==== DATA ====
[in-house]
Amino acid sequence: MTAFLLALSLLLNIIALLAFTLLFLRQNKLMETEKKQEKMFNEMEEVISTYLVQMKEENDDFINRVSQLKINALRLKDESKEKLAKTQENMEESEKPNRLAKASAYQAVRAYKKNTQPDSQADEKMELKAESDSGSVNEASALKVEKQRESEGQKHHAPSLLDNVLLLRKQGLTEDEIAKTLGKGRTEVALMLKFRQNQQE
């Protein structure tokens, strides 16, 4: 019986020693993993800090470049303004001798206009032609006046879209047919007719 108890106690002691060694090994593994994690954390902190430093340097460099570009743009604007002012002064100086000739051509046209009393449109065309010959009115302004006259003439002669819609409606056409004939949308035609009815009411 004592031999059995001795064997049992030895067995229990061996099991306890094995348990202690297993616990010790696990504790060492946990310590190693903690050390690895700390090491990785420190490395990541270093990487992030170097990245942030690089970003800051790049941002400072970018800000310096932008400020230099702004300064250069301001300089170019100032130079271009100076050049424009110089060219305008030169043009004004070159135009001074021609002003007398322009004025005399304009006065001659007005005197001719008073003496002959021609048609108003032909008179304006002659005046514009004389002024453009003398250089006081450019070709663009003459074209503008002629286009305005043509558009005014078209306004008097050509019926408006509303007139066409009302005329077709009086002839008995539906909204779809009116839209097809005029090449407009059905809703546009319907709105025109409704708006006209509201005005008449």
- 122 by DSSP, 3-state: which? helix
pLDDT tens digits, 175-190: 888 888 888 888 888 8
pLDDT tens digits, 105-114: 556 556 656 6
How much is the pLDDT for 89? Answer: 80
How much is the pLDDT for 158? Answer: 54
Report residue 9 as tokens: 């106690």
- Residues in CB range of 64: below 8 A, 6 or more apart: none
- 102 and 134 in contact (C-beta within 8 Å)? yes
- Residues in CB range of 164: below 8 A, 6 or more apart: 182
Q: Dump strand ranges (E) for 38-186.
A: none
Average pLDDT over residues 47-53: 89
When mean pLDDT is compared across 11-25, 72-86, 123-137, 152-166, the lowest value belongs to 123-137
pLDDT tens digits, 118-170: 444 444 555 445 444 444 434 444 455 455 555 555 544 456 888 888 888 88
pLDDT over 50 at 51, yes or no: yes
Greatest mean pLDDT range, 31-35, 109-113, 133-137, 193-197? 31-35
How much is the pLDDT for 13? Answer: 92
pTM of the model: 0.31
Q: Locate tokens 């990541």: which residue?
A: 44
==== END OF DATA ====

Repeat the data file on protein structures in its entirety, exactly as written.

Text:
[in-house]
Amino acid sequence: MTAFLLALSLLLNIIALLAFTLLFLRQNKLMETEKKQEKMFNEMEEVISTYLVQMKEENDDFINRVSQLKINALRLKDESKEKLAKTQENMEESEKPNRLAKASAYQAVRAYKKNTQPDSQADEKMELKAESDSGSVNEASALKVEKQRESEGQKHHAPSLLDNVLLLRKQGLTEDEIAKTLGKGRTEVALMLKFRQNQQE
């Protein structure tokens, strides 16, 4: 019986020693993993800090470049303004001798206009032609006046879209047919007719 108890106690002691060694090994593994994690954390902190430093340097460099570009743009604007002012002064100086000739051509046209009393449109065309010959009115302004006259003439002669819609409606056409004939949308035609009815009411 004592031999059995001795064997049992030895067995229990061996099991306890094995348990202690297993616990010790696990504790060492946990310590190693903690050390690895700390090491990785420190490395990541270093990487992030170097990245942030690089970003800051790049941002400072970018800000310096932008400020230099702004300064250069301001300089170019100032130079271009100076050049424009110089060219305008030169043009004004070159135009001074021609002003007398322009004025005399304009006065001659007005005197001719008073003496002959021609048609108003032909008179304006002659005046514009004389002024453009003398250089006081450019070709663009003459074209503008002629286009305005043509558009005014078209306004008097050509019926408006509303007139066409009302005329077709009086002839008995539906909204779809009116839209097809005029090449407009059905809703546009319907709105025109409704708006006209509201005005008449």
- 122 by DSSP, 3-state: which? helix
pLDDT tens digits, 175-190: 888 888 888 888 888 8
pLDDT tens digits, 105-114: 556 556 656 6
How much is the pLDDT for 89? Answer: 80
How much is the pLDDT for 158? Answer: 54
Report residue 9 as tokens: 């106690």
- Residues in CB range of 64: below 8 A, 6 or more apart: none
- 102 and 134 in contact (C-beta within 8 Å)? yes
- Residues in CB range of 164: below 8 A, 6 or more apart: 182
Q: Dump strand ranges (E) for 38-186.
A: none
Average pLDDT over residues 47-53: 89
When mean pLDDT is compared across 11-25, 72-86, 123-137, 152-166, the lowest value belongs to 123-137
pLDDT tens digits, 118-170: 444 444 555 445 444 444 434 444 455 455 555 555 544 456 888 888 888 88
pLDDT over 50 at 51, yes or no: yes
Greatest mean pLDDT range, 31-35, 109-113, 133-137, 193-197? 31-35
How much is the pLDDT for 13? Answer: 92
pTM of the model: 0.31
Q: Locate tokens 């990541």: which residue?
A: 44